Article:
The art has developed a bit since the first pages, particularly after the switch to digital tools. That being said, I do feel a bit nostalgic for the old paper days. I think the character designs while pretty simple are effective. They are definitely shape driven and as Gage refines his work further I think a really fun art style will emerge.

Luca and Leon have a chat about technology.

The strength of the comic lies in the writing. Gage has crafted compelling characters and I absolutely adore the solarpunk setting. So many sci-fi settings are grim and jaded, whereas Gage is building a lighter world and fusing science and nature in fun ways. I find all the characters to have distinct personalities and voices, and their interactions make for some laughs and some drama that isn’t heavy-handed. What more could you want?

So, please consider giving Key to the Future’s Fate a read from the beginning.

Leif & Thorn

Leif & Thorn is a queer fantasy comedy by Erin Ptah. The about page pitches it as such:

A sparkly queer bilingual fantasy comedy. Featuring trauma recovery, slow-burn romance, cross-cultural communication, and baby unicorns.

In the nation of Ceannis, a prophecy has been revealed. Dragonslaying hero Thorn Estragon and his team of loyal knights must assume the solemn duty of…standing guard outside a foreign embassy. And that’ll save the world. Or something. It’s not clear.

Leif is a gardener at the embassy, serving his native Sønheim in order to pay off a mysterious debt. Thorn doesn’t speak Leif’s language too well when they first meet — but he’s about to find a lot of reasons to learn.

They’re the heart of an increasingly-broad ensemble of characters, all facing their own struggles to communicate across cultural boundaries, deal with traumas and scars, use magic for practical solutions, and pick the perfect song for karaoke night.

Updates seven days a week: six strips, plus Saturday bonus art.

That update schedule is insane and super commendable. I struggle just to get a single page out there sometimes. Damn. The series is currently on its fifth volume and is typically formatted like a comic strip, giving readers about 4 panels an update. It’s an interesting system that keeps you clicking.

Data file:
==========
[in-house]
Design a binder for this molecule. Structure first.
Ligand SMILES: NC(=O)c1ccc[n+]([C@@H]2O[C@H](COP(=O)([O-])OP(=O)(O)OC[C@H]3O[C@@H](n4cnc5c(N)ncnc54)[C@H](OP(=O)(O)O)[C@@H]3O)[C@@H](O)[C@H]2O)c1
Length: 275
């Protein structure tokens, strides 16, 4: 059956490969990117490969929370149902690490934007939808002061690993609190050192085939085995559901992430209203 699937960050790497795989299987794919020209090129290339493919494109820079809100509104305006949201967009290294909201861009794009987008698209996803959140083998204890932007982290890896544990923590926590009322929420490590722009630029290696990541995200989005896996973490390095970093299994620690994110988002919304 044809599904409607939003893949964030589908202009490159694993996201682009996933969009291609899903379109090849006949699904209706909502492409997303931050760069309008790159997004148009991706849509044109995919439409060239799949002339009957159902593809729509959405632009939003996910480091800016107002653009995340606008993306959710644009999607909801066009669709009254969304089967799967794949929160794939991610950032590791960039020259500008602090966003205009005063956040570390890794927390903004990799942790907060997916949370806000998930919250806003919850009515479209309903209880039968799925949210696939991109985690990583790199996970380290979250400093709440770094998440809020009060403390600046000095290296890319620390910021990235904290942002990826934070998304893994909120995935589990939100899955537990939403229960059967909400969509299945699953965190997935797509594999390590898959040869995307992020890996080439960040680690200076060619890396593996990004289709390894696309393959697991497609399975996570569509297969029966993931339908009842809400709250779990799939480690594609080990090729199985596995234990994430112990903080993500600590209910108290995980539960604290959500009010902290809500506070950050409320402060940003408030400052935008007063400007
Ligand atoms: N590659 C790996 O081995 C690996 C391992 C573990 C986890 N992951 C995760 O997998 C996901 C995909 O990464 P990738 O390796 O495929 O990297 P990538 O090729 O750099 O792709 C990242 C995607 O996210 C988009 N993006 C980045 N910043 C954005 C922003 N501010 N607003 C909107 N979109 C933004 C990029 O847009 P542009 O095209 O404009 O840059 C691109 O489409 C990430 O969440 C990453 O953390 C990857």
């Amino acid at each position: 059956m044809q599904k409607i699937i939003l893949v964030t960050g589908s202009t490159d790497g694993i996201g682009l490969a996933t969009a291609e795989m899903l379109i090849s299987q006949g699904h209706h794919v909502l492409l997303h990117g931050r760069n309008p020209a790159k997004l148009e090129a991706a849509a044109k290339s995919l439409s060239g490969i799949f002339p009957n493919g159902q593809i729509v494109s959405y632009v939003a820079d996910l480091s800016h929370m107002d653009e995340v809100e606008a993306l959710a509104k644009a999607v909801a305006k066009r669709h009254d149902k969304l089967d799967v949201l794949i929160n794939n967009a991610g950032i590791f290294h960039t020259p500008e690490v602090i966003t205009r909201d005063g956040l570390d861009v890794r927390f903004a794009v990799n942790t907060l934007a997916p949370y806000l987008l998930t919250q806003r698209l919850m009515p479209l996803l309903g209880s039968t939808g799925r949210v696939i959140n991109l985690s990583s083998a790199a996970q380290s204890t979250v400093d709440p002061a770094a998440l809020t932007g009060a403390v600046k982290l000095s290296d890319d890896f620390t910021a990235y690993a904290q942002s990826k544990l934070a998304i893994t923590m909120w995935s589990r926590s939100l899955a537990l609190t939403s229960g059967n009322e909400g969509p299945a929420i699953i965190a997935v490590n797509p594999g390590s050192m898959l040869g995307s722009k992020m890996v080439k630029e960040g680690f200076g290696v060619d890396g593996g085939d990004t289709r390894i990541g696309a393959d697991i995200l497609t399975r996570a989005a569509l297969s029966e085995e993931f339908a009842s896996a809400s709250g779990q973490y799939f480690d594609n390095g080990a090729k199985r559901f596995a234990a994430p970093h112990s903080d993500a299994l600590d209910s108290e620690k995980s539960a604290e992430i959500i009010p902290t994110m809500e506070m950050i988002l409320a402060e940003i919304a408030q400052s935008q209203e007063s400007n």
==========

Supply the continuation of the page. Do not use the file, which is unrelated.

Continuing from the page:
Visually, Leif & Thorn is good. Character designs are distinct, there is a manga-influence, and the latest pages show that the comic has really grown. I also think the inking is solid, but I do wish some weight was put into the lines. You’ll see the more sweeping lines have breaks or bumps instead of a continuous curve. Line weight would also add a little more dimension to the figures as well. My other concern is that the current shading style can feel a bit overpowering, as the shadows feel overly saturated on very pale characters. These are my only major quibbles with the art, other than the fact I wish the strips were published in a slightly larger size. The art is good. I’d love to get a good look at it.

This early comic is already well-illustrated, but it also feels a little cramped.

The writing as a whole is solid. I do think that the comic might be a little too broken up for its own good, but again, the short updates make it a quick daily read and are the best analog to a “page-turner” I have seen in the webcomic format. It just might be there are too many pages to turn sometimes. That being said, the characters are written well and the world Prah has created is sufficiently developed. I am not really a romance person but there is enough surrounding the romance where I can find myself intrigued by the comic as a whole.

If you want to read Leif & Thorn I’d suggest starting from the beginning.

Whispers of the Past